SIU investigates house purchase
The purchase of the property was mentioned by SIU head Advocate Andy Mothibi in a presentation on his unit’s investigation into Lottery corruption to Parliament’s Trade, Industry and Competition Portfolio Committee earlier this month. He revealed a trail of fraud, money laundering and networks of corruption.
Mothibi listed several of the house payments and explained to MPs how SIU forensic analysts had tracked the flow of money from non-profit organisations that had received grants from the NLC.
He did not mention Nevhutanda by name. Instead he referred to him as “board member number 2”. He explained how money from non-profit companies that had received lottery grants were paid to the attorneys handling the purchase of the property but did not identify the companies involved.
GroundUp has now identified millions in payments for the house from non-profit organisations that got Lottery grants, as well as several businesses, one of which is linked to Phillemon Letwaba, the NLC’s chief operating officer.
Again not naming Nevhutanda, Mothibi told MPs that “board member number 2” had allegedly received R1-million from a company owned by the brother of a very senior NLC official for the deposit on a luxury vehicle. He was referring to Upbrand Properties and its one-time director Joe Letwaba, the older brother of Phillemon Letwaba.
Mothibi told MPs: “It is clear that the company [Upbrand] belonging to the brother of one senior NLC official [Phillemon Letwaba] was used as a vehicle to launder money received by non-profit organisations from the NLC.”
Following the money
Our investigation has identified many of the payments made directly to Couzyn Hertzog & Horak Attorneys, which were then used to pay for the house.
They include several payments totalling R9.2-million from Mishone Trading 11, a close corporation, headed up by Matodzi Mashele. The SIU presentation said that a non-profit organisation that received R20-million from the NLC sent R11.7-million to Mishone, which subsequently paid R9.2-million to Couzyn Hertzog & Horak Attorneys’ trust account for Nevhutanda’s home.
Mishone Trading 11 has been identified by the SIU as a “vehicle to distribute NLC funds” to businesses “directed by” members of NLC COO Letwaba’s family. Evidence supporting this was presented by the SIU during Letwaba’s recent disciplinary hearing.
GroundUp previously reported how Mashele used WAR RnA, a hijacked non-profit organisation, to successfully apply for R28.3-million, paid out between 2017 and 2018, to build an old age home in North West. Like the other five NLC-funded old age homes, this home is yet to be completed.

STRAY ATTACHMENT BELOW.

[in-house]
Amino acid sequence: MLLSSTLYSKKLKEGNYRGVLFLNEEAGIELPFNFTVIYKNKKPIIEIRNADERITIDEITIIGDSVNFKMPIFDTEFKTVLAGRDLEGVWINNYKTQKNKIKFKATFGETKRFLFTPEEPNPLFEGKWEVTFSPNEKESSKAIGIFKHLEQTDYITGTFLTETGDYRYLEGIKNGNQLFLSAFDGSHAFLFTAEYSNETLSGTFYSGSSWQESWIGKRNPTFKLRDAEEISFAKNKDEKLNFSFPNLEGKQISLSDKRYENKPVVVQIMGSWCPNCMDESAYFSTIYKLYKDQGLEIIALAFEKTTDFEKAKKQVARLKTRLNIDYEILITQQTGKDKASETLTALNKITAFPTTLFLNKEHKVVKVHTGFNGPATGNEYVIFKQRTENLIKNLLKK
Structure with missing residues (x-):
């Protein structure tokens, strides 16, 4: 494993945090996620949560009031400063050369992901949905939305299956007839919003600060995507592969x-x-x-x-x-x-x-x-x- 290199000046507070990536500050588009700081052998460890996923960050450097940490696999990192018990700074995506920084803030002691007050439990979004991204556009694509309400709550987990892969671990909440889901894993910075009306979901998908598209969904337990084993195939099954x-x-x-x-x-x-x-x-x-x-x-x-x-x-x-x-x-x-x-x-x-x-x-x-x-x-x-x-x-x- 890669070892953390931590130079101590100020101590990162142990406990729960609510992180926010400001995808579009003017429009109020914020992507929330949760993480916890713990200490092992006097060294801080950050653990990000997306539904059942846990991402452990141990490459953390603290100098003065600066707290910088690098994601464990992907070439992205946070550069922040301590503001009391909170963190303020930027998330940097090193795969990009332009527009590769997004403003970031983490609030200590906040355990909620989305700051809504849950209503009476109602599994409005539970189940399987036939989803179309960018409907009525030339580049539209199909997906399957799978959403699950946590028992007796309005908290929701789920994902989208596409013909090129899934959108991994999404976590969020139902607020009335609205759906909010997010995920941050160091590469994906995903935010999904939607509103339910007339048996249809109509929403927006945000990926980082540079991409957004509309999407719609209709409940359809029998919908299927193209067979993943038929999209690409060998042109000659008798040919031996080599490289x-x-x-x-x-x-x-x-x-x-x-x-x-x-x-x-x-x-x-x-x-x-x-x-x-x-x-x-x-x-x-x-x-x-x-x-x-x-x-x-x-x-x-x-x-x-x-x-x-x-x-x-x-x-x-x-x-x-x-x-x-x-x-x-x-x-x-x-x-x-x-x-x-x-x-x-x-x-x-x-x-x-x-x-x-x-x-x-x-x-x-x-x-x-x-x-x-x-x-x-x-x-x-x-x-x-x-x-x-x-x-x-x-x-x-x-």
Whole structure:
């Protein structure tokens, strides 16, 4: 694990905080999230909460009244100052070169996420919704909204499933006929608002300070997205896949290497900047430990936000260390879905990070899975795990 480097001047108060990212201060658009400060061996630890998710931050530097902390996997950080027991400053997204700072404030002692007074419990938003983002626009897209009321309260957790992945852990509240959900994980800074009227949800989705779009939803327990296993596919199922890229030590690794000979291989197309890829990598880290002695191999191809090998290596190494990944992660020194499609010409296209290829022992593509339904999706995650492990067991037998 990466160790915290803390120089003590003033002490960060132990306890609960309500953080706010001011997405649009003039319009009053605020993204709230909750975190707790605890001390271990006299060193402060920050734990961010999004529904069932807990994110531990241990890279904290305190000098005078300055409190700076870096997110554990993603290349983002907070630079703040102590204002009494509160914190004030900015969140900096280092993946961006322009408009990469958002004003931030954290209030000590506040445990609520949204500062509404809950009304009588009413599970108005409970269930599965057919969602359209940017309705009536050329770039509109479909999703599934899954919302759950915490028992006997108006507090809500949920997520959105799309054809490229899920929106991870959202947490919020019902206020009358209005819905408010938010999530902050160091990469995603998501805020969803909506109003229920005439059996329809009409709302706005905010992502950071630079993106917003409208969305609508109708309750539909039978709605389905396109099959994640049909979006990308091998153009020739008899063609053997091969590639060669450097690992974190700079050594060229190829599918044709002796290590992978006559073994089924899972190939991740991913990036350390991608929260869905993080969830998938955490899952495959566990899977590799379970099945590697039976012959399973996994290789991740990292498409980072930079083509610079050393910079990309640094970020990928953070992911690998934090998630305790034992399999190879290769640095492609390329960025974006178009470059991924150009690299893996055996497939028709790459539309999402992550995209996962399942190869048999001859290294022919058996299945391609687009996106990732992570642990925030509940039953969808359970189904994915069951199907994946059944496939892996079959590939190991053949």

Matodzi did not respond to emailed questions sent twice to an address she had previously used to respond to GroundUp.
Couzyn Hertzog & Horak Attorneys, the previous owner’s attorneys, also received in trust R4-million for Nevhutanda’s home from Mushumo Ushava Zwanda, a hijacked non-profit organisation which received R27.4 million to build an old age home in rural Limpopo.
Despite the millions pumped into the project between 2017 and 2018, construction has been abandoned and the half-built, roofless buildings have been left to rot.
When the legitimate members of the organisation found out it had been hijacked and used to apply successfully for NLC funding, they reported this to the NLC. However, instead of reporting the matter to the police, the NLC arranged a meeting between the legitimate members and the hijackers “to try and resolve the issues amicably”, Mothibi said.
“Instead of opening a criminal case against the hijackers and recovering the money, the NLC opted to grant further funding of R7,829,353 to the legitimate members,” Mothibi told MPs.
No additional construction work appears to have been done with the additional funding, Limpopo Mirror and GroundUp found on visits to the site.
Leonard Sidimela, who previously dealt with queries about Mushumo, did not respond to questions about the payment sent to him by Limpopo Mirror, which has been collaborating with GroundUp on Lottery stories.
Another R600,000 came from the Simingaye Community Project, which received a R13-million grant in the 2018-9 financial year.
Nyiko Baloyi, a director of Simingaye, did not respond to questions sent via SMS to two different phone numbers registered in his name.
Then there is R1-million from Zibsilor, a non-profit company that received over R29.5-million to build a drug rehabilitation centre in Soshanguve, near Pretoria. Construction of the centre has ground to a halt and the site appears to have been abandoned.
Another R2.5-million came from Unicus Solu(IT)ons, a company headed up by Jabulani Sibanda. Sibanda was one of the people who were subject to a recent preservation order granted in connection with a multimillion-rand project to build an athletics track in Kimberley.